Why Macron is a risky bet for France and for Europe

About a month ago I wrote about Emmanuel Macron as a risk, rather than a saviour. Today, following his 1st round presidential victory in France, I feel even more that he represents a risk that is unappreciated. Here’s why.

As I put in March, “Macron as President is a ‘bad’ outcome for stability since he has no political base. His election would create uncertainty because it would make the likelihood of a weak presidency greater.” And what I meant by that is that Macron has no MPs to support him and his legislative agenda. If his reformist agenda is to be successful, he needs legislative support. And that’s hard to get when you don’t have a strong party apparatus behind you.

Tony Barber at the FT put it really well in two paragraphs that highlight both how Macron represents the status quo and how he also is an outsider legislatively:

“it is misleading to portray Mr Macron as a complete outsider. He is, in fact, the preferred candidate of wide sections of the French political and technocratic elite who saw several years ago that the old party system was breaking down and were on the hunt for a candidate who could be presented to French voters as a fresh face. He is a product of the finest French educational institutions, including the École Nationale d’Administration, the training ground of the elite, and served François Hollande, the outgoing president, both as a specialist adviser and as economy minister.

Should he win as expected on May 7, Mr Macron may not find governing easy. Sheer political momentum may help many candidates of his En Marche! (On the Move) party to win seats in the June parliamentary elections, but an outright majority may elude him. The most probable outcome is a legislature in which a large, centrist “presidential” bloc supports Mr Macron, but critics assail him from the far right, the conservative right and the left.”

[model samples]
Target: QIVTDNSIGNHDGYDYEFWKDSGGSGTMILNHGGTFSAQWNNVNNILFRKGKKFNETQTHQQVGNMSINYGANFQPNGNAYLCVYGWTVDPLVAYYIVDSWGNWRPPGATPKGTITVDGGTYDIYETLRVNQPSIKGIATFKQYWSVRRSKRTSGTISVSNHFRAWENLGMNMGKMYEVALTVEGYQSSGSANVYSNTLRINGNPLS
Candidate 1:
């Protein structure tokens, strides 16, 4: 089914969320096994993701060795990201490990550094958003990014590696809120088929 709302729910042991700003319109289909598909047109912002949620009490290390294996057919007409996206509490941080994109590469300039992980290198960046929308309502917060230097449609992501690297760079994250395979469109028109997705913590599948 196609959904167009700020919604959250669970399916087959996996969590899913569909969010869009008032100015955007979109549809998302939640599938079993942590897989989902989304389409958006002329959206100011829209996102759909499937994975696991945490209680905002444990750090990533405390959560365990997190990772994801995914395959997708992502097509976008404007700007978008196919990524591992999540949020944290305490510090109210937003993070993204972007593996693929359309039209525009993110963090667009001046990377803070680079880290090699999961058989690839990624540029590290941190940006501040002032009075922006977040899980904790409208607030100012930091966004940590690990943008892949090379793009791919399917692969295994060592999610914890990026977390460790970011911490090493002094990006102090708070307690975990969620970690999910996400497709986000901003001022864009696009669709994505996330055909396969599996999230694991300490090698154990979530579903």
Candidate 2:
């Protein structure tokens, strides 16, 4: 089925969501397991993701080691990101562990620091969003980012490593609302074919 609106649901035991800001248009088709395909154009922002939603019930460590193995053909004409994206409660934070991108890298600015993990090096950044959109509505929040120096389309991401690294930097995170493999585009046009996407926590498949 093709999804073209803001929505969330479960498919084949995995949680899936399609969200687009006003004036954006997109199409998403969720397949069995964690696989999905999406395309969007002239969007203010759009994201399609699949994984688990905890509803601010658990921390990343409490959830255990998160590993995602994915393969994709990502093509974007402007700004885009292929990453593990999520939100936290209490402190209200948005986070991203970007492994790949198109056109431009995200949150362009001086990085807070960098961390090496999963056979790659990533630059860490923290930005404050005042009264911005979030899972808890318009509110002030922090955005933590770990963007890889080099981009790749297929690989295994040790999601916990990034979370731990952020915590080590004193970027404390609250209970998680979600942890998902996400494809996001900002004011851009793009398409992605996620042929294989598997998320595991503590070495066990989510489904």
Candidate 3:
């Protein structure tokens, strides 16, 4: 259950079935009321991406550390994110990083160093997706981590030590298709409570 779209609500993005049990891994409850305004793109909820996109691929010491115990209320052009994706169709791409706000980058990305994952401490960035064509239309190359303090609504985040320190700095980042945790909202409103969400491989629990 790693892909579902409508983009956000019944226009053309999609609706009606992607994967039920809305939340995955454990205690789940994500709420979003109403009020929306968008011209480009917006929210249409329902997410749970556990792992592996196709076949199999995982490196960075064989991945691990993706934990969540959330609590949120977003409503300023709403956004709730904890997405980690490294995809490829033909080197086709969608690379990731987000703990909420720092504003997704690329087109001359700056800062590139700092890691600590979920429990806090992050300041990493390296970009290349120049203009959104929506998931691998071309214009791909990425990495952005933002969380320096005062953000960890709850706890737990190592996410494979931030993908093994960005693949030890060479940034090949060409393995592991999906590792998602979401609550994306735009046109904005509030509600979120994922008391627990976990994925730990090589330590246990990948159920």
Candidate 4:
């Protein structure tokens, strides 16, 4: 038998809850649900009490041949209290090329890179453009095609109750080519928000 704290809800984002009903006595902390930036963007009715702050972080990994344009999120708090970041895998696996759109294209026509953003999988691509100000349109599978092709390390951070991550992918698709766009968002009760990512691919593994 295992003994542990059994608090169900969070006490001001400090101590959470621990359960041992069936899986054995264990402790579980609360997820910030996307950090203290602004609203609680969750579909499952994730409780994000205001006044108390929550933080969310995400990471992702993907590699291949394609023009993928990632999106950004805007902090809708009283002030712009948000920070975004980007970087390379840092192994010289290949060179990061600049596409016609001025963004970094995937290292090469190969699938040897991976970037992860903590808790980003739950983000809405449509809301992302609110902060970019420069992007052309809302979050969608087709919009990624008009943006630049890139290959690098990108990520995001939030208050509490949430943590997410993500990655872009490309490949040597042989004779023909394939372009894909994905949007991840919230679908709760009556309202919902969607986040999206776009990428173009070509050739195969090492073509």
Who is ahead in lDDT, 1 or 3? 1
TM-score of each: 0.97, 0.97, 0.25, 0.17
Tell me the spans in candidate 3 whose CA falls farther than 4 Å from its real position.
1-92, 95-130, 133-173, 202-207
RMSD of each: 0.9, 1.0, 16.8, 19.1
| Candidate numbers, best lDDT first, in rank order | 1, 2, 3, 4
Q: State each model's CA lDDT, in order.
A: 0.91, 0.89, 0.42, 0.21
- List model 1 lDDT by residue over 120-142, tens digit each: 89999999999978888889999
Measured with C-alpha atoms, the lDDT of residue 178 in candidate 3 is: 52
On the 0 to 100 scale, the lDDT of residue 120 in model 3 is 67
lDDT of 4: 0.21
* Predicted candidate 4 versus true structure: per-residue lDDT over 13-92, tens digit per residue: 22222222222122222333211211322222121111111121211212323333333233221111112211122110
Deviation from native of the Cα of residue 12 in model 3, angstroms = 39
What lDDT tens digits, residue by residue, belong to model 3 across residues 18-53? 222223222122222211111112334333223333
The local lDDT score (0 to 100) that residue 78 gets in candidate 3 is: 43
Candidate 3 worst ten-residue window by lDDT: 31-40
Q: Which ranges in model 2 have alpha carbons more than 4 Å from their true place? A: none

Now, current President Hollande made a lot of promises about adding stimulus and creating jobs when he was running for President in 2012. Then he ran up against the strictures of the Eurozone’s stability and growth pact and was stymied in executing his agenda. His Presidency quickly became the most unpopular in French history.

His Economy Minister Montebourg was a bit of a maverick. By 2014, he was accusing the Germans of forcing France into a restrictive policy. And Montebourg was criticizing Hollande for being too restrictive and caving to the Germans to boot. Hollande had him replaced by Emmanuel Macron.

And so Macron was brought in because he agreed with the austerity-lite paradigm. Thus, he ‘owned’ French economic policy under Hollande. Yet, somehow Hollande took the blame for the economy’s shortcomings, with Macron quitting government altogether in 2016.

I would say there is no real indication that economic policy under Macron will change drastically, first because of the euro and eurozone restrictions, and the attendant government solvency risks. But then there’s the fact that Macron has no political base.

Macron has almost no government experience and has never been elected to political office. So we are talking about someone who is supposed to make his country great again by radically overhauling government without having a natural political base. That’s even more difficult to do than it has been for Donald Trump, who at least has the Republican party to help him execute policy. After all, even Macron’s old party, the socialists, are no help here. Their support has been decimated during the Hollande presidency. They will suffer heavy defeats in the parliamentary elections in June.

To me, this is the recipe for a weak presidency and then the question has to be how the economy fares. If it doesn’t fare well, Marine Le Pen will be in a much stronger position in 2022.

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